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Textron Aviation delivered the first Cessna SkyCourier to FedEx, its launch customer. And it’s not the first Cessna that FedEx helped launch!

Cessna SkyCourier – FedEx Takes Delivery Of First Aircraft

Photo: Textron Aviation

FedEx is one of the world’s largest air cargo companies. And when most people think of the company’s freighters, they think of its Boeings, Airbuses and McDonnell Douglases. But technically, the aircraft type that is the most numerous in FedEx’s ranks, is the Cessna 208B Super Cargomaster. “Technically” because this fleet is operated by contractors.

The Super Cargomaster is the cargo variant of Cessna’s Grand Caravan. But many don’t realize that this cargo variant came before the passenger version. Cessna enlarged the existing 208 at FedEx’s request. And it is also FedEx that Cessna (now under Textron) developed the 408 SkyCourier for. Textron has high hopes for the new twin turboprop.

Photo: H. Michael Miley, CC BY-SA 2.0

 

The Cessna SkyCourier, FedEx And LD3s

Cessna has never really been a first mover, in the aviation industry. The aircraft manufacturer instead has a reputation for recognizing what works and building upon it. In this regard, what FedEx is getting in the SkyCourier, is typically Cessna. The aircraft has a conventional, all-aluminium, non-pressurized structure. Its power comes from two proven Pratt & Whitney Canada PT6A-65 engines. Its avionics package is the very modern but also proven Garmin G1000 Nxi.

Form follows function: the fuselage fits three LD3 containers. Photo: Textron Aviation

As we’ve seen before, Textron designed this aircraft from the inside out. The goal was to have a straightforward design that can carry three standard LD3 containers. These are standard cargo containers for the lower deck (hence ‘LDx’) of airliners. FedEx can therefore seamlessly carry the same boxes in the Cessna SkyCourier that it’s already using in its bigger freighters.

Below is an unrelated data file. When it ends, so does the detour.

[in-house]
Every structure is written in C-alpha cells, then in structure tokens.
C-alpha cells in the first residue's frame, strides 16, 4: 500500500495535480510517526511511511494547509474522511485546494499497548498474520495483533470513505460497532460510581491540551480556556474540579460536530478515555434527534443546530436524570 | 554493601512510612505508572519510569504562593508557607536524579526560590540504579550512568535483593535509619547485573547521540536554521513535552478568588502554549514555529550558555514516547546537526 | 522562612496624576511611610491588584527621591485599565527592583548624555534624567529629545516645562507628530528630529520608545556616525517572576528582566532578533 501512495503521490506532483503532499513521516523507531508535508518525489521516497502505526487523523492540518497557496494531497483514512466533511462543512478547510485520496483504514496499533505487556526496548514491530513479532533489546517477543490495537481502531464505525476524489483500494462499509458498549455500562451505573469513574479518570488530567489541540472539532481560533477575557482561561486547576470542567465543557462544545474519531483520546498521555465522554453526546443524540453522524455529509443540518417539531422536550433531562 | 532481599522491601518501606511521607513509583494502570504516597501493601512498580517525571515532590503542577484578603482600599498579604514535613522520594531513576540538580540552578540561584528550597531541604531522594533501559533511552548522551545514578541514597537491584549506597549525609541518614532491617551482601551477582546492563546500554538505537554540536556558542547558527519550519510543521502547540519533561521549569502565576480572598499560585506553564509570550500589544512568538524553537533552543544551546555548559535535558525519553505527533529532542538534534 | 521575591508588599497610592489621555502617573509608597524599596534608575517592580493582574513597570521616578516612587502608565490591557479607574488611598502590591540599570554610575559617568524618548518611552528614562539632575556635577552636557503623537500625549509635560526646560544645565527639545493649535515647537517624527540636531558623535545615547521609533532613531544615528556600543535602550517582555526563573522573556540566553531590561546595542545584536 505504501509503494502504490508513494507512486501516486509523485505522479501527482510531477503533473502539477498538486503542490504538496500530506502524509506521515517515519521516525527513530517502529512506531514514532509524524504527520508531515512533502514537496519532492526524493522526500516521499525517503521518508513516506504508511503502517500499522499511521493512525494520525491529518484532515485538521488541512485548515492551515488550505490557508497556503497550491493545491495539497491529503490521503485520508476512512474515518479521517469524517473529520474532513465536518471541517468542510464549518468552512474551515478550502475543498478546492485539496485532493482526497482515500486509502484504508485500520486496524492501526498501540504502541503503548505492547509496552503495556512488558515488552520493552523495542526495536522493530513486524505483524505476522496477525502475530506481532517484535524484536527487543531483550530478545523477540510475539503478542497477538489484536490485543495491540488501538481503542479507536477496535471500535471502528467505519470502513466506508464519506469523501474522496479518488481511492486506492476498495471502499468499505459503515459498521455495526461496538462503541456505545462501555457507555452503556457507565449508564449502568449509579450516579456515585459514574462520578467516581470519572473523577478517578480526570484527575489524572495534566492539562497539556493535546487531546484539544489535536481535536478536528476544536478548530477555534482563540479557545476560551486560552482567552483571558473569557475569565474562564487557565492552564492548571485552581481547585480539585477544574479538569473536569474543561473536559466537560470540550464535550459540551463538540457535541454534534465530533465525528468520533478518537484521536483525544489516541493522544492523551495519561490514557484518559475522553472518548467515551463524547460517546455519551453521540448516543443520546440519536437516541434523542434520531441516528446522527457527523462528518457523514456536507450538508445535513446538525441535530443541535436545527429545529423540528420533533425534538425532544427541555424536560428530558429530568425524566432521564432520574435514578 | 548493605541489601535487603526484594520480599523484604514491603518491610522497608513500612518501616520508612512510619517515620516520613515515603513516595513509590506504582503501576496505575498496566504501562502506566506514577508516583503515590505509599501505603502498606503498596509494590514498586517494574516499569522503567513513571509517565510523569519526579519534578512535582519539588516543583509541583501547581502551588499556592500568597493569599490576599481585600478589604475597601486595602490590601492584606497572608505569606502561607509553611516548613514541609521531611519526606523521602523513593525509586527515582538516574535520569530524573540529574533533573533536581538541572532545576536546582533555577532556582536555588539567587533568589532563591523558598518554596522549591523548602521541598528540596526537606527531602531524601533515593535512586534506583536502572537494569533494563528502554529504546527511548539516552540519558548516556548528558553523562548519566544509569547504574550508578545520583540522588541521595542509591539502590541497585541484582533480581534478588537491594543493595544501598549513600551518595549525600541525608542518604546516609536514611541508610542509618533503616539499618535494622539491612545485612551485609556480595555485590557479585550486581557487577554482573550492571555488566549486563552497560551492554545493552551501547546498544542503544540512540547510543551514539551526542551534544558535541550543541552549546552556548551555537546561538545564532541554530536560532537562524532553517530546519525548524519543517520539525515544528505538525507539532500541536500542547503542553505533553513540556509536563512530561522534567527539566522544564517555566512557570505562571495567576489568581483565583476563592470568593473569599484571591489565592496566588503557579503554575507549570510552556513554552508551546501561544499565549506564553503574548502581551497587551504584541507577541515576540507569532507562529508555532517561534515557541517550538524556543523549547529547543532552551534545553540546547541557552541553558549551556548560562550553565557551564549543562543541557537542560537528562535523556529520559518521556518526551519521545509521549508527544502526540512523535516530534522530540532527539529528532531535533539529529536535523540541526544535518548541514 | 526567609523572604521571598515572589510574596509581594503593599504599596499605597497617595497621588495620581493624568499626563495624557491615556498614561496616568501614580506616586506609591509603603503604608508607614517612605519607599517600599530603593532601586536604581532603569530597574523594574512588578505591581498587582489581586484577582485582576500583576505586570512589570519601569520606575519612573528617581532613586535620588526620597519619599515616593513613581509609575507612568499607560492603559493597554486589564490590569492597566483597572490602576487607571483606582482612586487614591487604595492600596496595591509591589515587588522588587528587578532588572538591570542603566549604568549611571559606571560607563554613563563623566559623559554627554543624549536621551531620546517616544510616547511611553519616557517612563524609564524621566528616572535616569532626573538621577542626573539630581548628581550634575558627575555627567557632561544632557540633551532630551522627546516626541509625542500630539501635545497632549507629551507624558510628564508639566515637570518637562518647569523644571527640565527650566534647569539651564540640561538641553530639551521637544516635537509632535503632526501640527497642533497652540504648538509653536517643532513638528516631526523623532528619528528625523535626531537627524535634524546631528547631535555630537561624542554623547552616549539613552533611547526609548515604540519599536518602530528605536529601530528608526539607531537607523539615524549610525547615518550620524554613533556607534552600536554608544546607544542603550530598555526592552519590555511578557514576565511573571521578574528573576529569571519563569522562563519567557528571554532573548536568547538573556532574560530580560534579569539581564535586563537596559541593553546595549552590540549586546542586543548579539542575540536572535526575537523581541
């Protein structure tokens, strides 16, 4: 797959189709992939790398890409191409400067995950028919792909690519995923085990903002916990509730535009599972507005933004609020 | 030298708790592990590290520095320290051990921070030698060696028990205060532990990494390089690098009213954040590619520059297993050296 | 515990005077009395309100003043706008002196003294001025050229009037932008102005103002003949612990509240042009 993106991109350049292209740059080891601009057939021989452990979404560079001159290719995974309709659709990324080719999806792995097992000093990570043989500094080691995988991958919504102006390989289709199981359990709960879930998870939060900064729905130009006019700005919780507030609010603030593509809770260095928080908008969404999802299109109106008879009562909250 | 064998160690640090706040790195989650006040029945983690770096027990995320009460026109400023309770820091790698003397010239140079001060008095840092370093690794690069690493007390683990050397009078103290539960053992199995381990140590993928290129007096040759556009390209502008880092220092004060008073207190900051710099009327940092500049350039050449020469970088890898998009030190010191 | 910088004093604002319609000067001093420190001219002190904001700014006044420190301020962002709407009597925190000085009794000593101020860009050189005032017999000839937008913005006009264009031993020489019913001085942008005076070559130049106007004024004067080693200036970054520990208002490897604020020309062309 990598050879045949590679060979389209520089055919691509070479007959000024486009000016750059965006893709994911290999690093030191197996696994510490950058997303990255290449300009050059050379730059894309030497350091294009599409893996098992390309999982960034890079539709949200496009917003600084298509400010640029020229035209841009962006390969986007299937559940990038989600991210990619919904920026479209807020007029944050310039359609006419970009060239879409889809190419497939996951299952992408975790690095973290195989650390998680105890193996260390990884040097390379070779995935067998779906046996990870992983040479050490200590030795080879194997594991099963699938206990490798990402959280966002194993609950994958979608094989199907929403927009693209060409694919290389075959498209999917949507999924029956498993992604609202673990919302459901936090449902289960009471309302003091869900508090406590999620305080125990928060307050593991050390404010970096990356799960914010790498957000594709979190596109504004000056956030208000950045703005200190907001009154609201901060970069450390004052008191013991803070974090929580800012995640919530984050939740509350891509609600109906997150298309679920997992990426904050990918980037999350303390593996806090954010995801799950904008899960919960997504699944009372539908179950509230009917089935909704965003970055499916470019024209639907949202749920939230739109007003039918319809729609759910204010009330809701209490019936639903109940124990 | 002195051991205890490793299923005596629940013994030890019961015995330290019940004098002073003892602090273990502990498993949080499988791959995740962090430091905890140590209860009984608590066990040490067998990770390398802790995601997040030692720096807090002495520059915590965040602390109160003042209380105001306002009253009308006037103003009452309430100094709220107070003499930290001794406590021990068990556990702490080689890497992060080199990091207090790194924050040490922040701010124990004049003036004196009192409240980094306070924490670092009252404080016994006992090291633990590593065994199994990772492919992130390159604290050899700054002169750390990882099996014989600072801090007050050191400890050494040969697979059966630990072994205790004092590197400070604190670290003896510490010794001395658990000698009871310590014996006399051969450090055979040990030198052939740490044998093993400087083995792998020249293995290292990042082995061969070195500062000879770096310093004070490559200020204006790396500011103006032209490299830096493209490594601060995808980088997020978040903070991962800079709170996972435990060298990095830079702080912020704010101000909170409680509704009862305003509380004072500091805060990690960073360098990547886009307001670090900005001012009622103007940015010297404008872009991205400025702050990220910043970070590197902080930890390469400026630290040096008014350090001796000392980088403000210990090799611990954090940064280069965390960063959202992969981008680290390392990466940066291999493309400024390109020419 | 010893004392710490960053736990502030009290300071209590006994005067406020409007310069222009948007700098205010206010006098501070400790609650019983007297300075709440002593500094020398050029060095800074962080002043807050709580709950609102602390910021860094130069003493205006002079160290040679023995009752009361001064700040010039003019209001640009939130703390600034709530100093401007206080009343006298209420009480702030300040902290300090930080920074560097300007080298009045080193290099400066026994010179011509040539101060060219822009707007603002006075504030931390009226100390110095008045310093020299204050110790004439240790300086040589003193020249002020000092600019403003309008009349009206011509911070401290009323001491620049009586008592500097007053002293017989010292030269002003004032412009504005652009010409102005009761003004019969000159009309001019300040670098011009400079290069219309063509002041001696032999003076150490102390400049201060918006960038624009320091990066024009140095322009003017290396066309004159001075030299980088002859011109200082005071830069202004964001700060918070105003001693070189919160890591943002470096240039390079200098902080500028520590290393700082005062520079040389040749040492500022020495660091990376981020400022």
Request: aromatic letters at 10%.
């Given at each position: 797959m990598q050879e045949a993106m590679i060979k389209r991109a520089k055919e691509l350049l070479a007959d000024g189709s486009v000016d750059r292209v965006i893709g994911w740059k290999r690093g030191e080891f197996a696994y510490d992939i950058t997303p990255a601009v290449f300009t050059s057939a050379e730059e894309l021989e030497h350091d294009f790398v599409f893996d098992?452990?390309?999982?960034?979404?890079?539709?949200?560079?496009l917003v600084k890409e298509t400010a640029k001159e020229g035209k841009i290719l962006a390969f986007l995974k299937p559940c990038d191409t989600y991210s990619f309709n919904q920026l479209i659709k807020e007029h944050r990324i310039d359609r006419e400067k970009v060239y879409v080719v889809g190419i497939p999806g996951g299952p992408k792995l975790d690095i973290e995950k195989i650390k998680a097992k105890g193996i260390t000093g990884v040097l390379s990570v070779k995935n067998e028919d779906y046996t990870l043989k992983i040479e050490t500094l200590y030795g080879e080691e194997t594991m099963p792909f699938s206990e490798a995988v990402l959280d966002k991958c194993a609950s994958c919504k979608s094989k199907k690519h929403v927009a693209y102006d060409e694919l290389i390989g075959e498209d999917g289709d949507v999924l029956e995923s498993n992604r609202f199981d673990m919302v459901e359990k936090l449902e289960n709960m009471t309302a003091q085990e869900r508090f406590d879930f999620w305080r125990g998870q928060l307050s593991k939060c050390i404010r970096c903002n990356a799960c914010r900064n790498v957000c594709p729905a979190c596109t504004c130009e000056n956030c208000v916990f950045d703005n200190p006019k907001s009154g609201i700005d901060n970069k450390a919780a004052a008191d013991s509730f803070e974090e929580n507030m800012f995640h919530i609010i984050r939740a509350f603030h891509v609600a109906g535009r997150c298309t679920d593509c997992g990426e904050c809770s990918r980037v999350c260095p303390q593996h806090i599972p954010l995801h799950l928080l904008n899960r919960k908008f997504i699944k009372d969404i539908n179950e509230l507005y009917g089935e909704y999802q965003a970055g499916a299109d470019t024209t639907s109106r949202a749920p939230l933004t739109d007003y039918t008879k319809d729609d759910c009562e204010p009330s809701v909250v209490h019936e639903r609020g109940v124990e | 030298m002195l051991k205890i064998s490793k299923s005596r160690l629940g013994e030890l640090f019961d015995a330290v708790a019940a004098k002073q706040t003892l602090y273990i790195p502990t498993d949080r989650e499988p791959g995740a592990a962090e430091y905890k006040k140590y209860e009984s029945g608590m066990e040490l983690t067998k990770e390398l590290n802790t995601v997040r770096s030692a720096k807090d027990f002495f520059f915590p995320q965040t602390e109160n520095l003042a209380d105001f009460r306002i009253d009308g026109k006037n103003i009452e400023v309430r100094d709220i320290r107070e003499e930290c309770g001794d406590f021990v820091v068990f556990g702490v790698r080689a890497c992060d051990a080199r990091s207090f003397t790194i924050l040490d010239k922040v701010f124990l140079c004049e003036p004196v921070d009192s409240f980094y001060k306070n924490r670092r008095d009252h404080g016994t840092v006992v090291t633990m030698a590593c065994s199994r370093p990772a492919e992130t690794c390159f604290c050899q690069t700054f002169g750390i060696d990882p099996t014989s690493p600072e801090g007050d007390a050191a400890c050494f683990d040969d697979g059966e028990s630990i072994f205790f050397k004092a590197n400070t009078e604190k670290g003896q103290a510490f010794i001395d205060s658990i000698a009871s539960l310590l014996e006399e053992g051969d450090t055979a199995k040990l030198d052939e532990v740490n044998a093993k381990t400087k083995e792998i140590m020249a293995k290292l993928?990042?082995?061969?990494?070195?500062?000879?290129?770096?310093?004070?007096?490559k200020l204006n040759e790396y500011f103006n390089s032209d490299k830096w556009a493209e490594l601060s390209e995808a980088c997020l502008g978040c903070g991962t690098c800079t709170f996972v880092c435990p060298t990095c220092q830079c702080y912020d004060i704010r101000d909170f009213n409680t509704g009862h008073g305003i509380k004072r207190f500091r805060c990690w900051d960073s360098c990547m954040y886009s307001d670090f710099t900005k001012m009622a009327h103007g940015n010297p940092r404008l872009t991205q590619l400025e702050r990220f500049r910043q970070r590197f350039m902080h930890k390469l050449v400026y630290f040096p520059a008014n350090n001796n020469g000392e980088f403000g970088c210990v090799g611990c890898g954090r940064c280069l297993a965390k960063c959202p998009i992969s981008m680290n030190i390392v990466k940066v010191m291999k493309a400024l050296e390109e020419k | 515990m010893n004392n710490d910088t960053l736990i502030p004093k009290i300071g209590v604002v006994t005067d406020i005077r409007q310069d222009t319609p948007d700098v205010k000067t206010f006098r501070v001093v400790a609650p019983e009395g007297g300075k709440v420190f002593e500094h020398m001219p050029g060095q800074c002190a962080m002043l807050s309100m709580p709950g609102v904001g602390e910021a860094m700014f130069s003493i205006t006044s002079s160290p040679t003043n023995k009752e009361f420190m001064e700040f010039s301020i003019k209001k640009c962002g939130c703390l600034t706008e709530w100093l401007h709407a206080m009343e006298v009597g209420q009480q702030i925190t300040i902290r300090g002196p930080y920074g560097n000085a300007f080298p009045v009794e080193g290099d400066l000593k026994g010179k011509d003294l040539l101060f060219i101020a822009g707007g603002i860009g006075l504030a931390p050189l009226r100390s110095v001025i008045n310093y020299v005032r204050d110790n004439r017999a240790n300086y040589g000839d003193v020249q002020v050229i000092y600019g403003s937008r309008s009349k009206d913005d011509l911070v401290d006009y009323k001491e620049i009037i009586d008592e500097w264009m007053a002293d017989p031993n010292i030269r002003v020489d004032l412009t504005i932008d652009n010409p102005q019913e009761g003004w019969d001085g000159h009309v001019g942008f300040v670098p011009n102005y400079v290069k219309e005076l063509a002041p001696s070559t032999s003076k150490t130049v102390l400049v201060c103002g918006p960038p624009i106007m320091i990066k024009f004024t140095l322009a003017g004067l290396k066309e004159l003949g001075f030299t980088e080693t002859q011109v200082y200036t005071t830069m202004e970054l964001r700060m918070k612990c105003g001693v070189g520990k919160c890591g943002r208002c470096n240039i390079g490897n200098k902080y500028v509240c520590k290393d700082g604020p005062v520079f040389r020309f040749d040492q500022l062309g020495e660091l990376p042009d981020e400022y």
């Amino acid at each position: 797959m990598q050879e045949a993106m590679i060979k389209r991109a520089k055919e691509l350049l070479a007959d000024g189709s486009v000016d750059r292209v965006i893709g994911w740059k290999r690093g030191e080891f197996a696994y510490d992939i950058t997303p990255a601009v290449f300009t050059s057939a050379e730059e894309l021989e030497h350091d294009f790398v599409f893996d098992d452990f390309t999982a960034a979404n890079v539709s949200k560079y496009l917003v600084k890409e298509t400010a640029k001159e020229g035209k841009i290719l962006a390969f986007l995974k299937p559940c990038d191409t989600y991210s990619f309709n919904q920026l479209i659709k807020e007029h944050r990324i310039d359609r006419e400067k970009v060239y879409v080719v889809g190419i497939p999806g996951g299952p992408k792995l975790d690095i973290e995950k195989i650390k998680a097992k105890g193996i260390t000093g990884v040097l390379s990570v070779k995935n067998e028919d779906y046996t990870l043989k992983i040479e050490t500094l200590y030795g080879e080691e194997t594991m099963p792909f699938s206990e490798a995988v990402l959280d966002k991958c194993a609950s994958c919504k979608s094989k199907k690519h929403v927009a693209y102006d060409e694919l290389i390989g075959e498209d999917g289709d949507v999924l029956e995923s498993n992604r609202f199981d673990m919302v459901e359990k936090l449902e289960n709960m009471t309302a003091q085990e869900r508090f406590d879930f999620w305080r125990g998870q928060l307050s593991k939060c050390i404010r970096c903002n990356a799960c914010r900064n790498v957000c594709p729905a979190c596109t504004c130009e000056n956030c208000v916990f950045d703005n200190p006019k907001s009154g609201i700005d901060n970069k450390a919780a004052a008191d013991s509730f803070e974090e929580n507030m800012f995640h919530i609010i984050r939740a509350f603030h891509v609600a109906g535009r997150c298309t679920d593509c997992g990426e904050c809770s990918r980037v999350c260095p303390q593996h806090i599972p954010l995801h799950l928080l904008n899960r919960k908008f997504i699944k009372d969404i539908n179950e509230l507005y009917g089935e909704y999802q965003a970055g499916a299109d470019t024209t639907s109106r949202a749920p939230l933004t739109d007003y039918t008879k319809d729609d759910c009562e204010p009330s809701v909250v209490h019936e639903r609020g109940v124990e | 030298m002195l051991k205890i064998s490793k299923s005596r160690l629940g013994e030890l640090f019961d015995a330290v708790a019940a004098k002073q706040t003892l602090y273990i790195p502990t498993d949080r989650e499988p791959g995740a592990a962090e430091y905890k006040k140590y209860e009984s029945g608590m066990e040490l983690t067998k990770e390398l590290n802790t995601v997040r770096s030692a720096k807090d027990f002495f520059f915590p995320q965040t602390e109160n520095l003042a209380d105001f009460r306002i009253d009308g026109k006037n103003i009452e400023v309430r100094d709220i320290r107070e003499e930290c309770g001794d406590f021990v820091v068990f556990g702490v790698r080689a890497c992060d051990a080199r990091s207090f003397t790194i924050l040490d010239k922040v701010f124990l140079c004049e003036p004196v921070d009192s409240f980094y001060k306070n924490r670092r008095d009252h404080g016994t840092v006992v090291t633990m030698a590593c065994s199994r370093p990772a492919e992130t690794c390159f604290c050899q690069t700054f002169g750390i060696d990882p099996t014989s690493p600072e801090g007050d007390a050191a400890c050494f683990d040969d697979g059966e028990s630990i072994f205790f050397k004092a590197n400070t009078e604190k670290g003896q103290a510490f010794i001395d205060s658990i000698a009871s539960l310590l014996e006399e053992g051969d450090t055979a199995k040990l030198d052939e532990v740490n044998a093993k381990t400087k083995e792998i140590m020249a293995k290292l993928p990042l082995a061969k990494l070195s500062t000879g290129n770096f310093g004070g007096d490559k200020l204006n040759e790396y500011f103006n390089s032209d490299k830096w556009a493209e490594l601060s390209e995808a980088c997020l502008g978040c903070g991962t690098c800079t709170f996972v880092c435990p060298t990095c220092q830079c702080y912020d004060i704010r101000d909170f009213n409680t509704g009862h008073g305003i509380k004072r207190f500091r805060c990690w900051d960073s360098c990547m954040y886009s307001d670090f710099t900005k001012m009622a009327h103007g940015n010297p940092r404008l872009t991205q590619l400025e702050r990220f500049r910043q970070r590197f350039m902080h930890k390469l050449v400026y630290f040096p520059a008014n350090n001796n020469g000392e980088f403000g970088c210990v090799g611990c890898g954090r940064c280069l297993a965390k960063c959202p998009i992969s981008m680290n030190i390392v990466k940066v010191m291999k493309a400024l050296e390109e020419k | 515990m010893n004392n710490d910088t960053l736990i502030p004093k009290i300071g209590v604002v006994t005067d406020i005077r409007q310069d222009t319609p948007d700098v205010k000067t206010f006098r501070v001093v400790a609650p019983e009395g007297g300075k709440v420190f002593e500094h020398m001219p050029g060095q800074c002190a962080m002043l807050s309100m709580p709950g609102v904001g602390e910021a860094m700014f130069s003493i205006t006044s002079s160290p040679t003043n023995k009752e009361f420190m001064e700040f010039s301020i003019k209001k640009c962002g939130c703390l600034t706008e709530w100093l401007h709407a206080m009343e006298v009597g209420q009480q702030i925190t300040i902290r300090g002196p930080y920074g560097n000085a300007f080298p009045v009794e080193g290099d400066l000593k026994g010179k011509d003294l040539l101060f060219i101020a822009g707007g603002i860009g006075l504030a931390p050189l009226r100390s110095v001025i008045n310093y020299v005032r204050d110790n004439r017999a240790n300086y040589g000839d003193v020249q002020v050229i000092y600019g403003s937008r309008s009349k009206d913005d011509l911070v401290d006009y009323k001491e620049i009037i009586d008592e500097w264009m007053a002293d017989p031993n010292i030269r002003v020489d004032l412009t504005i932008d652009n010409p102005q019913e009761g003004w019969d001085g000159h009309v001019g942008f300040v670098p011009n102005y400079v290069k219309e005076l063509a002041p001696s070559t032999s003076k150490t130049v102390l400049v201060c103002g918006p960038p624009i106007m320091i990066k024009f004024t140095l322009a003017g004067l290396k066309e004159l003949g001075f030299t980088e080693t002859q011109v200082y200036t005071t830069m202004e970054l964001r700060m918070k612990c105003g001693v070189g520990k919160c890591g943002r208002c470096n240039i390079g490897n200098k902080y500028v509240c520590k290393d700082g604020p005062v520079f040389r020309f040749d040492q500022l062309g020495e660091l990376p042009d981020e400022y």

The ability to carry these containers sets the SkyCourier apart from many turboprops, including many larger ones. Even if they have the fuselage ‘girth’ to fit such boxes, most of them don’t have a big-enough cargo door! We have recently seen that ATR developed a dedicated freighter variant of its turboprop (ATR-72-600F) with a bigger door, for this reason. It can carry seven of the same LD3s.

Cessna SkyCourier – FedEx Takes Delivery Of First Aircraft

Photo: Textron Aviation

 

Streamlining And… Pilot Training?

Unsurprisingly, FedEx is the launch customer of that ATR, as it is with the Cessna SkyCourier. De Havilland has partnered with another company to offer an aftermarket door modification for its Dash-8, for similar reasons. But these aircraft are much bigger than the SkyCourier. This aircraft will allow FedEx to streamline its operations in smaller distribution centres.

Cessna SkyCourier – FedEx Takes Delivery Of First Aircraft

Photo: Textron Aviation

The Cessna SkyCourier could also allow FedEx and other operators to play a different role, in pilot training. Currently, pilots in the United States need 1,500 flight hours before flying for the airlines. As a single-pilot, twin-turboprop cargo aircraft, this plane could help many pilots build these hours. But of course, this will depend on how many of these planes are eventually out there flying.

FedEx has orders for 50 Cessna SkyCourier freighters, with 50 more options. At the moment, there is no information about more customers, for this or the 19-seat passenger version. It will be interesting to see how many other operators will value this ability to carry LD3 containers. After FedEx got Cessna to make the 208B, the aircraft met with worldwide approval. Will the SkyCourier enjoy the same success?

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